In an illuminating revelation, the introduction of six novel members into the BRICS consortium, slated for January, is anticipated to culminate in a collective GDP share of merely 11 percent, with Saudi Arabia emerging as the most substantial contributor at 4 percent, as delineated by a comprehensive analysis. The impending inclusion of Argentina, Egypt, Ethiopia, Iran, Saudi Arabia, and the United Arab Emirates into the established BRICS alliance, comprising Brazil, Russia, India, China, and South Africa, will, however, precipitate an augmentation in the consortium’s stake in the global GDP, ascending from 26 percent to an imposing 30 percent. Correspondingly, the collective population share will rise to an impressive 46 percent, as ascertained by a comprehensive analysis conducted by SBI Research.
This momentous expansion strategy, set to come into effect on January 1, 2024, was formally declared during the recent BRICS summit convened in Johannesburg.
Presently, China assumes the mantle of delivering 70 percent of the BRICS’ GDP, a figure that is poised to diminish to 62 percent, while India’s contribution, standing at 13 percent at present, will undergo a subtle reduction to 12 percent. Concurrently, Russia’s share will diminish by 7 percent, South Africa will be halved to a meager 1 percent, whereas Brazil’s share shall remain invariant, an exception for which the report abstains from offering a rationale.
Among the new entrants, it is anticipated that Saudi Arabia shall emerge as the most influential economic actor, boasting a substantial 4 percent contribution to the collective GDP. Argentina, the UAE, and Egypt shall follow suit, each accounting for a commendable 2 percent, while Iran shall augment the GDP by an additional 1 percent, with Ethiopia’s inclusion leaving an almost imperceptible impact on the conglomerate’s economic landscape.
In terms of economic stature, Saudi Arabia currently presides over an economy of USD 1.1 trillion in 2022, an already established G20 member. Argentina’s economy stands at USD 632 billion, the UAE commands a substantial USD 507 billion, Egypt wields an impressive USD 477 billion, Iran boasts an economy of USD 388 billion, and Ethiopia’s economic imprint is valued at USD 127 billion, all based on available data.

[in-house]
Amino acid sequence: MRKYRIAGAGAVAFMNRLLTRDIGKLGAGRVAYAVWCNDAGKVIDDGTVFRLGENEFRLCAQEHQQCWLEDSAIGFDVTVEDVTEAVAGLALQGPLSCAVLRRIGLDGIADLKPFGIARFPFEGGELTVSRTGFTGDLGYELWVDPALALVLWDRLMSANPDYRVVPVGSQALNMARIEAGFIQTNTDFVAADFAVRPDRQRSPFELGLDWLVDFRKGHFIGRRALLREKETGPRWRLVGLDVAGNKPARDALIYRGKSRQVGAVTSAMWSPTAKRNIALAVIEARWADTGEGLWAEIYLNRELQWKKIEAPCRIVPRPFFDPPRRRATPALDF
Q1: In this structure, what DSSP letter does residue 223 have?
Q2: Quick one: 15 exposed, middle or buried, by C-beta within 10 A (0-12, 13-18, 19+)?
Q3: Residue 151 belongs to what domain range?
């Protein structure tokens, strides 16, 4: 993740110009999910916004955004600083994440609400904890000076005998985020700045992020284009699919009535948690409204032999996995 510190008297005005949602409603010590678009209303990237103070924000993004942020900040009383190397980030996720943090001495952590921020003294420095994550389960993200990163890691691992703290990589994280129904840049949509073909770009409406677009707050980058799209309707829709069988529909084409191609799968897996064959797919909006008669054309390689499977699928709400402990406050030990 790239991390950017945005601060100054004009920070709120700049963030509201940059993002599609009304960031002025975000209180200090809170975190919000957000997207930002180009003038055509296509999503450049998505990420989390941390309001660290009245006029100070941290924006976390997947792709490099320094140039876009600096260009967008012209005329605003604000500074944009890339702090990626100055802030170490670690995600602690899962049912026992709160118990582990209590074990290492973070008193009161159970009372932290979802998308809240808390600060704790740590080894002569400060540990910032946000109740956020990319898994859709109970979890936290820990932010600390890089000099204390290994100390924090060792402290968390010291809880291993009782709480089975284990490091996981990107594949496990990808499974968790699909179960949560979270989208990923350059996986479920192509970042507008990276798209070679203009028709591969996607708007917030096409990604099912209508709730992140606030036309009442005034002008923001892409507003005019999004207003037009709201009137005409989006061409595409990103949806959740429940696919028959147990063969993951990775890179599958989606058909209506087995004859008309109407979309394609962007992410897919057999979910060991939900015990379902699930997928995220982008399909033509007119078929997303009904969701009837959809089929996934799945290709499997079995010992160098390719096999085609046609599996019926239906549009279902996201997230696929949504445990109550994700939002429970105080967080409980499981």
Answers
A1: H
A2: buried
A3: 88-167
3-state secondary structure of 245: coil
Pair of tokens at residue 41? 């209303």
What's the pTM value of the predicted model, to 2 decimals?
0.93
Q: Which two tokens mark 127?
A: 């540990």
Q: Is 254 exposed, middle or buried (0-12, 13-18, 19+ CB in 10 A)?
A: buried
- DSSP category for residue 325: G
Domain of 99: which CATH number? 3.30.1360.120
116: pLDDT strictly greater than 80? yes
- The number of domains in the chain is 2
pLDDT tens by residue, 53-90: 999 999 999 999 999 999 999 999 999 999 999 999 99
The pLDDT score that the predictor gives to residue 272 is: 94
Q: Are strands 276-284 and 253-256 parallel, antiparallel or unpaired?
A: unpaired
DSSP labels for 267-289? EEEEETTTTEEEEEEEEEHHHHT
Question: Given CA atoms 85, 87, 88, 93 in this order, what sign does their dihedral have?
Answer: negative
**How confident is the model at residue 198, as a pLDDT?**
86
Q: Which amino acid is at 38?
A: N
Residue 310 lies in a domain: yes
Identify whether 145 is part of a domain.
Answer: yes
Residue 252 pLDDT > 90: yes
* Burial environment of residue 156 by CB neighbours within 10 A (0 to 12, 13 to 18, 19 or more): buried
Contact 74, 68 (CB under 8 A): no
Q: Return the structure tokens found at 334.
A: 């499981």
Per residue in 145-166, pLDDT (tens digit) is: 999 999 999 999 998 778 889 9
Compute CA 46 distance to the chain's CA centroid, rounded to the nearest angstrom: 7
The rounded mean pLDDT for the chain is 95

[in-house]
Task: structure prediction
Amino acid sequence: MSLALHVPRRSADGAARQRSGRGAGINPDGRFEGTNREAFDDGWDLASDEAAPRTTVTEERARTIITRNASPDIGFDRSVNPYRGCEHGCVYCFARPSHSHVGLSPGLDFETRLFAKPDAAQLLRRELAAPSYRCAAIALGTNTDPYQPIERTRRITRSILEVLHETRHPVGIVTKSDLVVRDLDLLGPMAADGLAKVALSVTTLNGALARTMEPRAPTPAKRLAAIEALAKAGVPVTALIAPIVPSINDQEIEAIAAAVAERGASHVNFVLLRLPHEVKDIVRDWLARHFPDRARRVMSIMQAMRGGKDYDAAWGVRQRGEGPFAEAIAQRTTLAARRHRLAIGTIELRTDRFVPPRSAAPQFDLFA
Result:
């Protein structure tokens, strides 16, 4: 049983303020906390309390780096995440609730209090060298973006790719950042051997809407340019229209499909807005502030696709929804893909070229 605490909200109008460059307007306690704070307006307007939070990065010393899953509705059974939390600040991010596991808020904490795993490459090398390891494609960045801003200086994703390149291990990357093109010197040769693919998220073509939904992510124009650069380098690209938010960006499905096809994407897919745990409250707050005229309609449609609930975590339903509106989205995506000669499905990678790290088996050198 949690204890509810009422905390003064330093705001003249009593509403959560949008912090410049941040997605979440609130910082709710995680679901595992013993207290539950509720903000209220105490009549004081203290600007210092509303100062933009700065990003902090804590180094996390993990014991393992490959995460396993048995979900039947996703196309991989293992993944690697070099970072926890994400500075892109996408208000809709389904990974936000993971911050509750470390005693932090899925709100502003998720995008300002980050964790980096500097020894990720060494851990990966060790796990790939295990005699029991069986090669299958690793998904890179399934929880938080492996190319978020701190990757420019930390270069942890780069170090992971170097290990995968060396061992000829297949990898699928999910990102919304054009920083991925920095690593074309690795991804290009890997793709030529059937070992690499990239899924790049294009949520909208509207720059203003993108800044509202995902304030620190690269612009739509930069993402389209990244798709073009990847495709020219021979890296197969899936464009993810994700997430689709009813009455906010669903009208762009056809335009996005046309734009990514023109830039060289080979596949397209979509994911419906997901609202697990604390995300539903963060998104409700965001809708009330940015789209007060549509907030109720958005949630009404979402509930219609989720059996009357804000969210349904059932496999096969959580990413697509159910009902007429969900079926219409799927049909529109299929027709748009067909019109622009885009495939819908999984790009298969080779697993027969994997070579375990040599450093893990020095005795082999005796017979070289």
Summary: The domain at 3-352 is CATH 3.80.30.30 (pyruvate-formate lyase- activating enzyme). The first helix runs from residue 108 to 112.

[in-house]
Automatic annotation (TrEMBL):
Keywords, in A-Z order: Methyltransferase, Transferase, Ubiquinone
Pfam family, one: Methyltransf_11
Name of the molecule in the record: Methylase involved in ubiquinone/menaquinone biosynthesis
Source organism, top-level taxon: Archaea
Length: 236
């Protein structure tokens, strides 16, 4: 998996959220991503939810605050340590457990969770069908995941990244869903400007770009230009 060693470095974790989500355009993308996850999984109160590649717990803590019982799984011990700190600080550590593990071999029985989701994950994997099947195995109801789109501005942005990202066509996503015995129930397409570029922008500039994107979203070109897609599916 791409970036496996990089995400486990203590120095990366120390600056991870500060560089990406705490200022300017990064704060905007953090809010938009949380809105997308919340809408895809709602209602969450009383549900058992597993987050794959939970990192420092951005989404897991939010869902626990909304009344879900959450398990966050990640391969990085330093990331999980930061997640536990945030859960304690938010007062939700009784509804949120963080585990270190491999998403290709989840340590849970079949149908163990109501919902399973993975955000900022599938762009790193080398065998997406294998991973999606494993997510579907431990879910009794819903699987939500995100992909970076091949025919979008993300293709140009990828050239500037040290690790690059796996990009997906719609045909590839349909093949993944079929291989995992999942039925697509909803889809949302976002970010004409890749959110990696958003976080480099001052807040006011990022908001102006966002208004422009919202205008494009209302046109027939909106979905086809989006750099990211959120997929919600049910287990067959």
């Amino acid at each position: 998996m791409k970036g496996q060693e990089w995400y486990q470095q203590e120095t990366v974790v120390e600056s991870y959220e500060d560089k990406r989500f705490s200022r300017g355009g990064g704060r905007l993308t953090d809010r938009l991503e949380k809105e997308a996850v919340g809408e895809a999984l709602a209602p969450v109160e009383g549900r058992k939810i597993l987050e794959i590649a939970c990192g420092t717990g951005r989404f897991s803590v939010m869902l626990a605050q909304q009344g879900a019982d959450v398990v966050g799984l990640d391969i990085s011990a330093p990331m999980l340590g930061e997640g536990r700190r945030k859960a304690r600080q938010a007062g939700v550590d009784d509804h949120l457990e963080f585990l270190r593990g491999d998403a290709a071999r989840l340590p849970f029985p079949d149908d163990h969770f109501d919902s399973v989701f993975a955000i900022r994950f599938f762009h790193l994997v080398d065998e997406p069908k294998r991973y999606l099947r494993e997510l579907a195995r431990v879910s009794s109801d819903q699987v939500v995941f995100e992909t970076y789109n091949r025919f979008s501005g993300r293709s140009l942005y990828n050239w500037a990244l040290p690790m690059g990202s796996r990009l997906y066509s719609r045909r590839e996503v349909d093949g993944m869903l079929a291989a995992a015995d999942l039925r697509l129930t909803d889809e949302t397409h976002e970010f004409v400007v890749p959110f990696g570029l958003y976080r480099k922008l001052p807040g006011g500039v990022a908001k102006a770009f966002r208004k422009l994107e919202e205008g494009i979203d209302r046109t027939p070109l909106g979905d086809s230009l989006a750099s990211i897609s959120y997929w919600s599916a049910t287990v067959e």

The amalgamated economic prowess of these six new constituents will infuse a mere 11 percent into the existing GDP framework of BRICS, as elucidated in the report. In the broader perspective of the global economy, this translates to a 4 percent contribution in 2022 terms, elevating the BRICS+6’s cumulative influence to an impressive 30 percent.
Remarkably, even after this momentous inclusion, China (with a GDP of USD 18.1 trillion in 2022) and India (with a GDP of USD 3.75 trillion) will perpetuate their dominance, jointly contributing 74 percent to the conglomerate’s aggregate GDP. This constitutes a modest decline from the pre-expansion scenario, where these two nations commanded a formidable 83 percent of the USD 26.2 trillion economy.
Russia’s economy, in the year 2022, stood at USD 2.2 trillion, Brazil’s economy registered USD 1.8 trillion, and South Africa’s economic footprint amounted to USD 468 billion.
The BRICS+6 consortium, in tandem with the G20 (comprising the 20 largest global economies), presently commands a population share of 3.7 billion and 5.1 billion, and a GDP share of USD 29.2 trillion and USD 70.4 trillion, respectively. Furthermore, their cumulative forex reserves stand at USD 5.5 trillion and USD 9.4 trillion, respectively.
To place this into perspective, the existing BRICS quintet accounts for 40 percent of the world’s population, controlling 26 percent of the global GDP. However, with the incorporation of the six new members (BRICS+6), this GDP share will ascend to 30 percent, and the population share will surge to an imposing 46 percent.
Intriguingly, the most significant transformation will manifest in the realm of global oil production, surging from the current 18 percent to an astounding 40 percent, with a concomitant spike in oil consumption, ascending from 27 percent to 36 percent. Moreover, the collective share in global merchandise trade is poised to rise from 20 percent to 25 percent, while that of global services trade shall increase from 12 percent to 15 percent, as outlined in the report. This shall be accompanied by an augmenting share in global forex reserves, witnessing a commendable 600 basis points upswing to reach 45 percent.
This seismic transformation, particularly in the oil trade arena, where Saudi Arabia, bearing the second-largest oil reserves post-Russia, holds sway, is poised to usher in an epochal transformation in the arena of payment systems and price discovery, thereby signifying a potential game-changer, as underscored by the report.